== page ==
[lit-ideas] Re: amazing employment application questions

  • From: John Wager <john.wager1@xxxxxxxxxxx>
  • To: lit-ideas@xxxxxxxxxxxxx
  • Date: Mon, 05 Jun 2006 21:12:44 -0500

JimKandJulieB@xxxxxxx wrote:

So, let's say I'm paralyzed from the waist down in a wheelchair, but my clerical skills are outstanding (if I do say so myself). So they're asking me if I am able to perform the clerical duties if the building does not have wheelchair access?

They're asking you if you can perform your duties in a wheelchair IF THEY MAKE REASONABLE ACCOMMODATIONS, which means if they make the building wheelchair-accessible. That's THEIR responsibility; they are REQUIRED to make such reasonable accommodations.

"Reasonable accommodations" seems, well, reasonable to me. When I served on hiring committees for faculty, we were required to ask at the end something like this: "This job requires standing or sitting before classes for several hours; do you feel you are able to meet these job requirements with reasonable accommodations?" Nobody ever said no, although several people were a bit taken aback by the question. (I must say that if two candidates were of equal qualifications, maybe the one who at least knew about the idea of reasonable accommodations might get a slight edge.)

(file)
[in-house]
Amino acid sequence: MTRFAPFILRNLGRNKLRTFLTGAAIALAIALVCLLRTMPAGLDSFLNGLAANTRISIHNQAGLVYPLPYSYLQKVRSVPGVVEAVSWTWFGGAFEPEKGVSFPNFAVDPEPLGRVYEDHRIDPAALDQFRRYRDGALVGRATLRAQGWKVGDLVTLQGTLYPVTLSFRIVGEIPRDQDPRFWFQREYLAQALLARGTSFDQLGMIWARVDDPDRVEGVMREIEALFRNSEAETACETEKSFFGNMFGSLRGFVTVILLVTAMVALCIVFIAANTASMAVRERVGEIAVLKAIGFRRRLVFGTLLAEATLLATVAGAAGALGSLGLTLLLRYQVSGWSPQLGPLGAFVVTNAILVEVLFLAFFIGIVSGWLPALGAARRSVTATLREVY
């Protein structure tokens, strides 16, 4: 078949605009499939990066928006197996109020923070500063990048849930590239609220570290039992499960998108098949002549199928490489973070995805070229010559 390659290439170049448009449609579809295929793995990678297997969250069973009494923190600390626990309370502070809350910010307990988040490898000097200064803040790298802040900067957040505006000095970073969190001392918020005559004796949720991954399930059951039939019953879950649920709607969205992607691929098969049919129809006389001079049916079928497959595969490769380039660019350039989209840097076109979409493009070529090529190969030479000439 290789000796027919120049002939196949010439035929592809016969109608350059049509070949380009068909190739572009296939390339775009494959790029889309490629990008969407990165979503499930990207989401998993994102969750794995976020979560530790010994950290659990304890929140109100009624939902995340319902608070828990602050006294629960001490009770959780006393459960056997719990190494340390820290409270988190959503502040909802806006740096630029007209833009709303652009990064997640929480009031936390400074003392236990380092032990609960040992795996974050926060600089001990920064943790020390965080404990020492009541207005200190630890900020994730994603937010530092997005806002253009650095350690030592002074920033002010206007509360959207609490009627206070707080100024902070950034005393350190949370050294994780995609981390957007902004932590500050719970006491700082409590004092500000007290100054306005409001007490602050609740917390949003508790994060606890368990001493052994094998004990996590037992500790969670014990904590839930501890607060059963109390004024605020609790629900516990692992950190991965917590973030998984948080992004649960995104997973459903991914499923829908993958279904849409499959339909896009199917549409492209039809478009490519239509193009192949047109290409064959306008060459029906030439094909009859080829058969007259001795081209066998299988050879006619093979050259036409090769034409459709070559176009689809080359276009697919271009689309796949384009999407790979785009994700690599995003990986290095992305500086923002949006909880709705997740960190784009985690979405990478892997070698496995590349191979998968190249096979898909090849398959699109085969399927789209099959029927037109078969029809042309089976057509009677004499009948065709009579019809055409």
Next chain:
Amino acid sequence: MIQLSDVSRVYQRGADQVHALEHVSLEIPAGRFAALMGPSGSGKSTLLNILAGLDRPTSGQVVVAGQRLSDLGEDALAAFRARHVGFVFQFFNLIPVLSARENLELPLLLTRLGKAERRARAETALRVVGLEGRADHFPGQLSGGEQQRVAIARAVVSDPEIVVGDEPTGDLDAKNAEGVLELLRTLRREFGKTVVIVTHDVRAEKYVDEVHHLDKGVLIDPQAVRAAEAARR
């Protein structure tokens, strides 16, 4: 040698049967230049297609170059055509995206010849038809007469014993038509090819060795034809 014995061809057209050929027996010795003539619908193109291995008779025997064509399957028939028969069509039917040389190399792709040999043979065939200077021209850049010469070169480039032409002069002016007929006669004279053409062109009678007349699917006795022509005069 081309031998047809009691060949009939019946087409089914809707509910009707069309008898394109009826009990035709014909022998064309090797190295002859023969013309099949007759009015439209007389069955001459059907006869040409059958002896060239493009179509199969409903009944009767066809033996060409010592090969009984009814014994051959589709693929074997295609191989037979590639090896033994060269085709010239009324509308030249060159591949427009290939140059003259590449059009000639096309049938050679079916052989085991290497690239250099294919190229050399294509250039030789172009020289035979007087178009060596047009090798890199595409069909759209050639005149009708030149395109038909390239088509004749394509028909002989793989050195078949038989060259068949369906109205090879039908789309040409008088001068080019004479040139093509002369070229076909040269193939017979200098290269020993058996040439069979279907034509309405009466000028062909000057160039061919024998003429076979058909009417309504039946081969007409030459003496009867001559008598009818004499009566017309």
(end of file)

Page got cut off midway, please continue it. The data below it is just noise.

I was once asked to make "reasonable accommodations" for a deaf student in my class. She didn't want an interpreter that would translate my class on the fly into sign language; all she wanted was for me to shave my mustache a bit higher so she could see my upper lip to do lip reading. This seemed quite reasonable to me, so for the rest of the semester I was a bit less shaggy in my mustache than I might have been.

"Never attribute to malice that which can be explained by incompetence and ignorance." -------------------------------------------------
John Wager john.wager1@xxxxxxxxxxx
Lisle, IL, USA

Other related posts: